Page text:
November 01, 2017

Anthropogenic Space Weather

  • Baker D.
  • Balogh A.
  • Erickson P.
  • Gombosi T.
  • Huba J.
  • Lanzerotti L.

Anthropogenic effects on the space environment started in the late 19th century and reached their peak in the 1960s when high-altitude nuclear explosions were carried out by the USA and the Soviet Union. These explosions created artificial radiation belts near Earth that resulted in major damages to several satellites. Another, unexpected impact of the high-altitude nuclear tests was the electromagnetic pulse (EMP) that can have devastating effects over a large geographic area (as large as the continental United States). Other anthropogenic impacts on the space environment include chemical release experiments, high-frequency wave heating of the ionosphere and the interaction of VLF waves with the radiation belts. This paper reviews the fundamental physical process behind these phenomena and discusses the observations of their impacts.

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Recent Publications

January 01, 2019

Friendly, appealing or both? Characterising user experience in sponsored search landing pages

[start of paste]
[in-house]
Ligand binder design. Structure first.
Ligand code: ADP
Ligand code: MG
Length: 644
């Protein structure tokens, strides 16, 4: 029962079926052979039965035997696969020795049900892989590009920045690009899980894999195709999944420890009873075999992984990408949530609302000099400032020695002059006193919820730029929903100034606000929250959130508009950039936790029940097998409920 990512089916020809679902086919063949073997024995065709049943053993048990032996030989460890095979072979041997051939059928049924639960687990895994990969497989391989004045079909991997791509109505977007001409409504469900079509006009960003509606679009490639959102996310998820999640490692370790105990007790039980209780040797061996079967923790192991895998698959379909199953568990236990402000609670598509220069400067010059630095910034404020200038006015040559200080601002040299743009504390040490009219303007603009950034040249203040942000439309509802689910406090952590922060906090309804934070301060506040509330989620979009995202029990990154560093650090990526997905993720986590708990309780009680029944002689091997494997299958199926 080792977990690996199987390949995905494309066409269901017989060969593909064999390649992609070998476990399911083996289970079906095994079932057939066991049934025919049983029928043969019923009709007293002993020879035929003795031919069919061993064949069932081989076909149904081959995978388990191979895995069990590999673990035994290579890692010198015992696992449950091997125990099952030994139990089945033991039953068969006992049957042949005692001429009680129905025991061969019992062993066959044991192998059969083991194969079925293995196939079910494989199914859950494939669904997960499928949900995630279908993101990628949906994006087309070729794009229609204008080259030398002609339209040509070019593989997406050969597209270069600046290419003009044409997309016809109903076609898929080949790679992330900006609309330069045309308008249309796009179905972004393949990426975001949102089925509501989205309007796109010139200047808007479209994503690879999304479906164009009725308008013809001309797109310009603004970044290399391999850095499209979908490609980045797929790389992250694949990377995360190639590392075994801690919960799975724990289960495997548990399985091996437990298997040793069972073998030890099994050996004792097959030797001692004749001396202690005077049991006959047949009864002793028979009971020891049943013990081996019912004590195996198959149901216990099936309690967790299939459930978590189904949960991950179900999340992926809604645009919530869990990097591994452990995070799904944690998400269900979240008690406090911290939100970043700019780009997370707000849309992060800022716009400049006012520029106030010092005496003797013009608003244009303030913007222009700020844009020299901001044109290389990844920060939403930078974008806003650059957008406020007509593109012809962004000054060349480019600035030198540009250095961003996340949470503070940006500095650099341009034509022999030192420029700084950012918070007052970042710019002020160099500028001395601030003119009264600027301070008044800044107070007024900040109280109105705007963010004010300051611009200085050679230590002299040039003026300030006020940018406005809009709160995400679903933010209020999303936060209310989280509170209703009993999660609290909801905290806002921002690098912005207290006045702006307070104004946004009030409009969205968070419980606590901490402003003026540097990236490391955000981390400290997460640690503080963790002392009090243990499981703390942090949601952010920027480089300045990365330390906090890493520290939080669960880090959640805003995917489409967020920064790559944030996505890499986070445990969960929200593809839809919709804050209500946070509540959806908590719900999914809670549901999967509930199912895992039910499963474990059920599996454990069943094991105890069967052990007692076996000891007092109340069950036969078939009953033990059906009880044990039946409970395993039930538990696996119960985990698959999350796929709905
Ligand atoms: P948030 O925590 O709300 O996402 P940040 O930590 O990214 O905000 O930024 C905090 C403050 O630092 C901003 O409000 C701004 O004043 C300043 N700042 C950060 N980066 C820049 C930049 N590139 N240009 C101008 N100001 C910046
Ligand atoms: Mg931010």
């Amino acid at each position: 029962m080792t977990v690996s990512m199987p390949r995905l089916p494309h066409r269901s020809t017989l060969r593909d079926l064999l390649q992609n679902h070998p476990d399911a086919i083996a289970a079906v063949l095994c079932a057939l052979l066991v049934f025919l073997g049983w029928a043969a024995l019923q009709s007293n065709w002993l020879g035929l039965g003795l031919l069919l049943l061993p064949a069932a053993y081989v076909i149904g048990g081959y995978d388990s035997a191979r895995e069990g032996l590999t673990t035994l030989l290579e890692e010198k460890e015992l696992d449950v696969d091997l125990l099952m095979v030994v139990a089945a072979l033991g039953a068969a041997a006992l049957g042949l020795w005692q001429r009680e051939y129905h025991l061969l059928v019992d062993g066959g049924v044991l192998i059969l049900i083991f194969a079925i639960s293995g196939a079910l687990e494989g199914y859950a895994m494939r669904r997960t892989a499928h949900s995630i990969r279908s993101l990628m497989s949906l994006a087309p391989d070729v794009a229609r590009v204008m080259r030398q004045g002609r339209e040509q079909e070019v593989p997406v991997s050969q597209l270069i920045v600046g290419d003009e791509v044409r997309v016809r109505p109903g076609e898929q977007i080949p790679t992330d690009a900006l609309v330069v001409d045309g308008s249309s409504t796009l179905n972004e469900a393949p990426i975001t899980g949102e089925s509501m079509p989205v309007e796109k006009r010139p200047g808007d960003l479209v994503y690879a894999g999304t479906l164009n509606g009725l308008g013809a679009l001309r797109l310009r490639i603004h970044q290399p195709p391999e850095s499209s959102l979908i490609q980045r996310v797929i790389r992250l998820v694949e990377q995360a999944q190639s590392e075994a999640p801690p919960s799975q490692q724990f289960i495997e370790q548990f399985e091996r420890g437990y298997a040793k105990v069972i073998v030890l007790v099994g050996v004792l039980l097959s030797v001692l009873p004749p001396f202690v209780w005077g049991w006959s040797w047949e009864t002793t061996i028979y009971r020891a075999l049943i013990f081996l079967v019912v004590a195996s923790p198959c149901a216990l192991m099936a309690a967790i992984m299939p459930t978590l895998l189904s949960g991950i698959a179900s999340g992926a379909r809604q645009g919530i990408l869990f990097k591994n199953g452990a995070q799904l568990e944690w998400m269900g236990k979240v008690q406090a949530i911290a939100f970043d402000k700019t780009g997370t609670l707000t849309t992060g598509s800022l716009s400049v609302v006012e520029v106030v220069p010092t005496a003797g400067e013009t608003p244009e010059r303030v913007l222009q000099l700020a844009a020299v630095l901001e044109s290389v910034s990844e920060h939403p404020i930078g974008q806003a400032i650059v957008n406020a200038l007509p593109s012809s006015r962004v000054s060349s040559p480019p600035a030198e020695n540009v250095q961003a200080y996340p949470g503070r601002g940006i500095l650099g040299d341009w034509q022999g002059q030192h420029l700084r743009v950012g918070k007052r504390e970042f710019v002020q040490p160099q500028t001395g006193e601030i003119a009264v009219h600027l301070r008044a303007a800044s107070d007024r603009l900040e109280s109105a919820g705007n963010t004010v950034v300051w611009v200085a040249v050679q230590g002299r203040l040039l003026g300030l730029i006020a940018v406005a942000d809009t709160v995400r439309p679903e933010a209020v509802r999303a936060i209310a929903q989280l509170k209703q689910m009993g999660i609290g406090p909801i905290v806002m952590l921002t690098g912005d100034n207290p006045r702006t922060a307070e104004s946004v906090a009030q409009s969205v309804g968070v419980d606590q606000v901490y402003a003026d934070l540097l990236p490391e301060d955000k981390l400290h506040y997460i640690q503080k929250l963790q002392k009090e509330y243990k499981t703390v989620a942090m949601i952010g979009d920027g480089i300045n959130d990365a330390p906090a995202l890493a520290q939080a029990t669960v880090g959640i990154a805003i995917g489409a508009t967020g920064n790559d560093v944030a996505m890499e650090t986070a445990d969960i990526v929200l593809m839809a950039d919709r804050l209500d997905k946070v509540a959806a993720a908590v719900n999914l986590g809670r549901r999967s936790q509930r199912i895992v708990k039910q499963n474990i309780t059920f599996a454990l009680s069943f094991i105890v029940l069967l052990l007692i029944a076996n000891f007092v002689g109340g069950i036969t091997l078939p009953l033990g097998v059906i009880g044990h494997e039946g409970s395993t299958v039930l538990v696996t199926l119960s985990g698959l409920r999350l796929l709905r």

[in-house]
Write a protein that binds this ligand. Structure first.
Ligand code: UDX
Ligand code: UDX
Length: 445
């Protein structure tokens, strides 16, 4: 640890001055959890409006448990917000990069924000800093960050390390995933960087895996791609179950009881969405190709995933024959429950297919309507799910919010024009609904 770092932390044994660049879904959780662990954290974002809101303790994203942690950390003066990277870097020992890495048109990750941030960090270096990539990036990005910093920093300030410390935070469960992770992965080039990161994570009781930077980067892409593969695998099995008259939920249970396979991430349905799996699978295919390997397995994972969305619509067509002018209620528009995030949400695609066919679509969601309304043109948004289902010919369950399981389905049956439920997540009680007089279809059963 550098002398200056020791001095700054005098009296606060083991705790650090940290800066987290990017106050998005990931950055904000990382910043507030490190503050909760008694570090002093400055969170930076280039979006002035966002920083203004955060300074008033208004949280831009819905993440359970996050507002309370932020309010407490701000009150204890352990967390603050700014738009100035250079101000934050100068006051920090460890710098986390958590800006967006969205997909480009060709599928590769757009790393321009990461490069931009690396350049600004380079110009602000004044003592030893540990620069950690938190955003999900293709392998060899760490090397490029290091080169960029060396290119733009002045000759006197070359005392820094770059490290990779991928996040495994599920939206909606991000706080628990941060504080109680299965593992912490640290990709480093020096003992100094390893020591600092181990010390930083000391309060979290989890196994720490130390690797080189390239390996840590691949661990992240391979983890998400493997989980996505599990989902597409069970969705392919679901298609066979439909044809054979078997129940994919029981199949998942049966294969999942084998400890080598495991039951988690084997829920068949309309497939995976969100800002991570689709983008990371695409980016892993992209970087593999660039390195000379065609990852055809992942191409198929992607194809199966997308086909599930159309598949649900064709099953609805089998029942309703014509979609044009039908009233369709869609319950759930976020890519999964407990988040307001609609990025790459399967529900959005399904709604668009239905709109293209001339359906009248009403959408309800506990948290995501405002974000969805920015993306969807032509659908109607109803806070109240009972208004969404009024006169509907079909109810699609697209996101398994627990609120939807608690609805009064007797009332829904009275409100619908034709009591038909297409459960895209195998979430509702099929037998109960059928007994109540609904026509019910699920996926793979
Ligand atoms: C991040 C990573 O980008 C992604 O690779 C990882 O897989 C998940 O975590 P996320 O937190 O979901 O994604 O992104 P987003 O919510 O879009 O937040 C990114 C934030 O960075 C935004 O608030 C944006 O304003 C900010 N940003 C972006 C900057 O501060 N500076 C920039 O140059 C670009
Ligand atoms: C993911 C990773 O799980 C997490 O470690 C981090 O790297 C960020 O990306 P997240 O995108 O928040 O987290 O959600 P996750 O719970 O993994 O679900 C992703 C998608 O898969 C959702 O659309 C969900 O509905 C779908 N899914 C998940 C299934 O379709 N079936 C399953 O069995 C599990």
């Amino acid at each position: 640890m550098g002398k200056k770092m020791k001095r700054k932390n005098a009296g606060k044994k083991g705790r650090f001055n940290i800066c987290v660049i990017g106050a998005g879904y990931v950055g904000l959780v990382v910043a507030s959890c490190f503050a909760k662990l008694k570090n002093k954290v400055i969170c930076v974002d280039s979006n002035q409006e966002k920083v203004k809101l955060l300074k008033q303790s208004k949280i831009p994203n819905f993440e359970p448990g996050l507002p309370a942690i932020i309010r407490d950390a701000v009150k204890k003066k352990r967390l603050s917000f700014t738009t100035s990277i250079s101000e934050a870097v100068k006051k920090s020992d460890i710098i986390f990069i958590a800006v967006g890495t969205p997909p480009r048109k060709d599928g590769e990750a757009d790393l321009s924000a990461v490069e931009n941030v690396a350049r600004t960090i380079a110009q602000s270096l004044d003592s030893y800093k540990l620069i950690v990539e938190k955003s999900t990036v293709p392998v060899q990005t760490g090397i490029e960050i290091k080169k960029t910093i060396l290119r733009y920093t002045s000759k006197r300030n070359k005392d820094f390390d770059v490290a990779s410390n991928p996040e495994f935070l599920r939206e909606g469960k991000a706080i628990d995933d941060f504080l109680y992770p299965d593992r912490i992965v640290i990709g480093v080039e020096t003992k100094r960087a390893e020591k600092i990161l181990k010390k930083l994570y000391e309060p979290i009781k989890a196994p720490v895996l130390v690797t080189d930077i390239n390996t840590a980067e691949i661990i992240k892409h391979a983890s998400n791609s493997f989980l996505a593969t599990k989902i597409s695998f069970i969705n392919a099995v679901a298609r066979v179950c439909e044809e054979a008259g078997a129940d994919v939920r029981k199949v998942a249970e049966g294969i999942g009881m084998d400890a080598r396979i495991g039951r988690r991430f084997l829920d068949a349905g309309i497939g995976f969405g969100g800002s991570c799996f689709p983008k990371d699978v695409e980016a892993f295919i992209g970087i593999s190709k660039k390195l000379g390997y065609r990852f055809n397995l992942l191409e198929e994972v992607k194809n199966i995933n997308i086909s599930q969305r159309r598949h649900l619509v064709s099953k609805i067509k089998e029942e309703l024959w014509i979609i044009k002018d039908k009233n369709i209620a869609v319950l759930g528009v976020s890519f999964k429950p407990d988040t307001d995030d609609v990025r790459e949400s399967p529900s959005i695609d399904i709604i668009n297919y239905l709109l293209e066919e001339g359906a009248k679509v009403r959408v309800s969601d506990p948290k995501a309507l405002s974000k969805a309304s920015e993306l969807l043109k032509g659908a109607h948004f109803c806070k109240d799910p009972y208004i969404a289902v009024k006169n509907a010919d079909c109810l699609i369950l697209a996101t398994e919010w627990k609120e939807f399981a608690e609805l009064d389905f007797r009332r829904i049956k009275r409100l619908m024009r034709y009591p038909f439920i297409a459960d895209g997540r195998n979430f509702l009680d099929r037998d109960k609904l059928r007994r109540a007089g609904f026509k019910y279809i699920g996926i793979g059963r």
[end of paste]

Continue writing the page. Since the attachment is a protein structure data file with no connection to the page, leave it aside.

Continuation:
• Bron M.
  • Chute M.
  • Evans H.
  • Lalmas M.
  • Redi M.
  • Silvestri F.

© 2017 International World Wide Web Conference Committee (IW3C2), published under Creative Commons CC BY 4.0 License. Many of today's websites have recognised the importance of mobile friendly pages to keep users engaged and to provide a satisfying user experience. However, next to the experience provided by the sites themselves, ...

January 01, 2019

Analyzing uber's ride-sharing economy

  • Aiello L.
  • Djuric N.
  • Grbovic M.
  • Kooti F.
  • Lerman K.
  • Radosavljevic V.

© 2017 International World Wide Web Conference Committee (IW3C2), published under Creative Commons CC BY 4.0 License. Uber is a popular ride-sharing application that matches people who need a ride (or riders) with drivers who are willing to provide it using their personal vehicles. Despite its growing popularity, there exist ...

January 01, 2019

The paradigm-shift of social spambots: Evidence, theories, and tools for the arms race

  • Cresci S.
  • Petrocchi M.
  • Pietro R.
  • Spognardi A.
  • Tesconi M.

© 2017 International World Wide Web Conference Committee (IW3C2), published under Creative Commons CC BY 4.0 License. Recent studies in social media spam and automation provide anecdotal argumentation of the rise of a new generation of spambots, so-called social spambots. Here, for the first time, we extensively study this novel ...